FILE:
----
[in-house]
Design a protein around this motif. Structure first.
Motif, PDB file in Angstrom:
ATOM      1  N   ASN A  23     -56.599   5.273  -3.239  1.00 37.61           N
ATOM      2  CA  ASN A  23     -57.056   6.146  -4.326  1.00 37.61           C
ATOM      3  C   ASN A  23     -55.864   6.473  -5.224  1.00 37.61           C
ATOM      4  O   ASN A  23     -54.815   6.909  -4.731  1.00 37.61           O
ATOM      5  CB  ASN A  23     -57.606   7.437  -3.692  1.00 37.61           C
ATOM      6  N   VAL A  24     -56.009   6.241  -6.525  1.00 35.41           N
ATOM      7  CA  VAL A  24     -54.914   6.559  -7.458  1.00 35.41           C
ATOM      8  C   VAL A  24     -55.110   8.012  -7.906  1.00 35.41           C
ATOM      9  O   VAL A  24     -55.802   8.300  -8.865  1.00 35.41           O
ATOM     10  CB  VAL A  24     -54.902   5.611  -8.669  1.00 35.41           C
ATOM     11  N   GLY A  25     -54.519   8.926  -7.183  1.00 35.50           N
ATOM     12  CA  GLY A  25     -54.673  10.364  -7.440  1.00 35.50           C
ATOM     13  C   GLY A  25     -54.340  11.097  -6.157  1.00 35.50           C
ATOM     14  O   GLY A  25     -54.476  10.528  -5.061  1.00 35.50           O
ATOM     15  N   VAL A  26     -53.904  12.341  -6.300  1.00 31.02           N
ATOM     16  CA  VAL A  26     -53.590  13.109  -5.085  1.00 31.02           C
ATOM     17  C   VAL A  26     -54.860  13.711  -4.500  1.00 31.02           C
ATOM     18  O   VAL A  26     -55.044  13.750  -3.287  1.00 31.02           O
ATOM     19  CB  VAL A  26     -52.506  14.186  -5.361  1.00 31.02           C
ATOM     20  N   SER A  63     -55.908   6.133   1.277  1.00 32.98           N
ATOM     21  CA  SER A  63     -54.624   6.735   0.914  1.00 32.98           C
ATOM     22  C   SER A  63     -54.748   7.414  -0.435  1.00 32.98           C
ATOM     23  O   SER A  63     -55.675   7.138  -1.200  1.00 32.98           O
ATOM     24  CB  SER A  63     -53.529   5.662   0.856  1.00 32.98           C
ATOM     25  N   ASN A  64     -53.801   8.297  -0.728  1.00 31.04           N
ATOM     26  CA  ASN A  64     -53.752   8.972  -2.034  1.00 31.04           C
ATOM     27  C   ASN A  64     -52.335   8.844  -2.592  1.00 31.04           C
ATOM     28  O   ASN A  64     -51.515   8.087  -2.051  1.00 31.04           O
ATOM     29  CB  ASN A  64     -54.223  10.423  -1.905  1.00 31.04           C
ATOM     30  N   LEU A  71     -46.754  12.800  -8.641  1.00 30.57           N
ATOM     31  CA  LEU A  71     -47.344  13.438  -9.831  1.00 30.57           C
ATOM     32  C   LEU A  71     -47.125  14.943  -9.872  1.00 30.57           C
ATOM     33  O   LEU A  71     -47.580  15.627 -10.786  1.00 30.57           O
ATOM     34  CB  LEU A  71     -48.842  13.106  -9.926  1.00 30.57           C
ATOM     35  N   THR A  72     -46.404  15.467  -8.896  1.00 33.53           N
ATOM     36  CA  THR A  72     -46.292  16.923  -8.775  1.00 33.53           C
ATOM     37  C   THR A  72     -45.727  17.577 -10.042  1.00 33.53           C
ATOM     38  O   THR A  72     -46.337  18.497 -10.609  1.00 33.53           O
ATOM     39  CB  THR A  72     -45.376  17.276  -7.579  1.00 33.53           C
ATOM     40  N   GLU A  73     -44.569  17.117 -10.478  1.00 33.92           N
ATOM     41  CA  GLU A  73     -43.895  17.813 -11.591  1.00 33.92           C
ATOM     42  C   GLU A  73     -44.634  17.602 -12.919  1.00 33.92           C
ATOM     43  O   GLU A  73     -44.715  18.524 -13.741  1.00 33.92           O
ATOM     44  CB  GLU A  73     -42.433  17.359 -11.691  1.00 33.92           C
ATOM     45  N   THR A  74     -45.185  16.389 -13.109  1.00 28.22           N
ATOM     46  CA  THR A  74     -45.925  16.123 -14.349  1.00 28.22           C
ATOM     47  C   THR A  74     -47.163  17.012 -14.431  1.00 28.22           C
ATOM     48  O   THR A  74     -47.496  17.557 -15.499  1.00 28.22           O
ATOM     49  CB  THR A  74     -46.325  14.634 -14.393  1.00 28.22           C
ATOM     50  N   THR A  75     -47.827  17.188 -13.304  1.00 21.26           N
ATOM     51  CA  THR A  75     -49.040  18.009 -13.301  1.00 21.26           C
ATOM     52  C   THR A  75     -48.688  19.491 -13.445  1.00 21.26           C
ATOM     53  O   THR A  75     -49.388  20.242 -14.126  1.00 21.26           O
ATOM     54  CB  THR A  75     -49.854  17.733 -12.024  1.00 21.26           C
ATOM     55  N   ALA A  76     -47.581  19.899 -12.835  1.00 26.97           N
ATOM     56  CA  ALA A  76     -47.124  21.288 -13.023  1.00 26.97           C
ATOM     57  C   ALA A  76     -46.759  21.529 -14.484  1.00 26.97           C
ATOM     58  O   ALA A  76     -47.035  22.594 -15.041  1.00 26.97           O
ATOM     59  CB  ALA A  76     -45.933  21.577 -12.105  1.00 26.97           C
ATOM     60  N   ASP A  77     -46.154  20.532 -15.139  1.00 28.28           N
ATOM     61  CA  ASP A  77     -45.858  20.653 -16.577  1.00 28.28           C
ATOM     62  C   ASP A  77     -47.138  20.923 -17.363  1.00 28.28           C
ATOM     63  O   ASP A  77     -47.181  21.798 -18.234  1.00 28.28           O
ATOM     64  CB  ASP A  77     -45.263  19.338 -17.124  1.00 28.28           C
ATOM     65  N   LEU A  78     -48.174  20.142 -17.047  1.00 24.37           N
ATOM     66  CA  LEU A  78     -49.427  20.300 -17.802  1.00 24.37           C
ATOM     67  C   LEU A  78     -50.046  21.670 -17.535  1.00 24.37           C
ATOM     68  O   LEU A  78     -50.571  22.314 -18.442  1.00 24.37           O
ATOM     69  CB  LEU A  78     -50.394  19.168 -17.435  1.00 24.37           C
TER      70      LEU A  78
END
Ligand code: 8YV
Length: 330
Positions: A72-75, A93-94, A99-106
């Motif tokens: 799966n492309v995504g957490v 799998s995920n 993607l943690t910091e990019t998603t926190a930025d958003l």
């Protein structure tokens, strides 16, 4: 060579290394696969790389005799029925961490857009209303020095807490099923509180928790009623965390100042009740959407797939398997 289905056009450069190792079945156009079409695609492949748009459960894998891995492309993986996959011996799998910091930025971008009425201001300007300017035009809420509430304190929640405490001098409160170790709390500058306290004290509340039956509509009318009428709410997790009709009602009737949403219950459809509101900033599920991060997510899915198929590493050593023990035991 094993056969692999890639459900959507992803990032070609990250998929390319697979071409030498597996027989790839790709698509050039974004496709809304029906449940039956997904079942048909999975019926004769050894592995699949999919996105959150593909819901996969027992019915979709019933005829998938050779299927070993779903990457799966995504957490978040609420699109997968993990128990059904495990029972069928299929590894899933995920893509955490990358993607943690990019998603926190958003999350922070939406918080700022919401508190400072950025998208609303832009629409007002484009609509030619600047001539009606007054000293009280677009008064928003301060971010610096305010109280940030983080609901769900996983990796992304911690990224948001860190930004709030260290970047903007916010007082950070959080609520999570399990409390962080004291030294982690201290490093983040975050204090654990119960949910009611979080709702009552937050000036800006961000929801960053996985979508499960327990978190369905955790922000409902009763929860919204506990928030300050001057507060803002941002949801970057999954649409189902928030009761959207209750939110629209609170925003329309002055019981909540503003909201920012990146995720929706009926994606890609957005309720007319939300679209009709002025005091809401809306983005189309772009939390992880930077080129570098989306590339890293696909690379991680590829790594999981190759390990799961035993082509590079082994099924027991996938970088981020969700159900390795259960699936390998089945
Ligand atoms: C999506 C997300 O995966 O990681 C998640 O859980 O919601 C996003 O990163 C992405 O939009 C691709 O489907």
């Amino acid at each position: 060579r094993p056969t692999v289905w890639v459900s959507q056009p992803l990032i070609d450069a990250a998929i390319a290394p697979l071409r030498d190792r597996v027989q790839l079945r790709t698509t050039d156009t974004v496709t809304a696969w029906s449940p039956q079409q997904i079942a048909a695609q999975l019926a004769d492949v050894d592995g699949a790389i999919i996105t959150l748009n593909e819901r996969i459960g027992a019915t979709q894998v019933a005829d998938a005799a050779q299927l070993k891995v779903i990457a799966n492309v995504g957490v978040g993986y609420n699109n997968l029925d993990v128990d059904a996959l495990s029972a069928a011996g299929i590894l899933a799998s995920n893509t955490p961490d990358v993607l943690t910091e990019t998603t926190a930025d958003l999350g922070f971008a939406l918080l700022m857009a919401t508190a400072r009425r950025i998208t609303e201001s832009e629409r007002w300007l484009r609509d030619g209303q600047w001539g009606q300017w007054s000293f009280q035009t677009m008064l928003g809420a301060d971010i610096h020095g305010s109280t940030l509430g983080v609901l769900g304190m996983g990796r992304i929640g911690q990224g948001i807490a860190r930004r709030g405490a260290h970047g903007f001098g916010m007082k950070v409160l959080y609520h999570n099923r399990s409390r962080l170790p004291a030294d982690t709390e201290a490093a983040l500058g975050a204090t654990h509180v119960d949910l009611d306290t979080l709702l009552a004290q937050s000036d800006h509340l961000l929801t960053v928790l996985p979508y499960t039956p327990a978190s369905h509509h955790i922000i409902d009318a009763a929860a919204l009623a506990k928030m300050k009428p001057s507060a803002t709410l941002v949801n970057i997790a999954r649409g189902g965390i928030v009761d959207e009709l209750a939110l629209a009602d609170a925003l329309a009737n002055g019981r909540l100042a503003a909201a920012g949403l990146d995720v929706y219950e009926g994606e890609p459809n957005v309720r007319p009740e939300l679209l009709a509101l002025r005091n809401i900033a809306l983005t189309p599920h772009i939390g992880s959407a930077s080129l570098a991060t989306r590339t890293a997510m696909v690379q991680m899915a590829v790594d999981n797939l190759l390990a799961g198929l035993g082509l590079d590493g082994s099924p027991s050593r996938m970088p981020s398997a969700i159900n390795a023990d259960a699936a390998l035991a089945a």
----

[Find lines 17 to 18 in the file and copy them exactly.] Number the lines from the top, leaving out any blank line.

ATOM     14  O   GLY A  25     -54.476  10.528  -5.061  1.00 35.50           O
ATOM     15  N   VAL A  26     -53.904  12.341  -6.300  1.00 31.02           N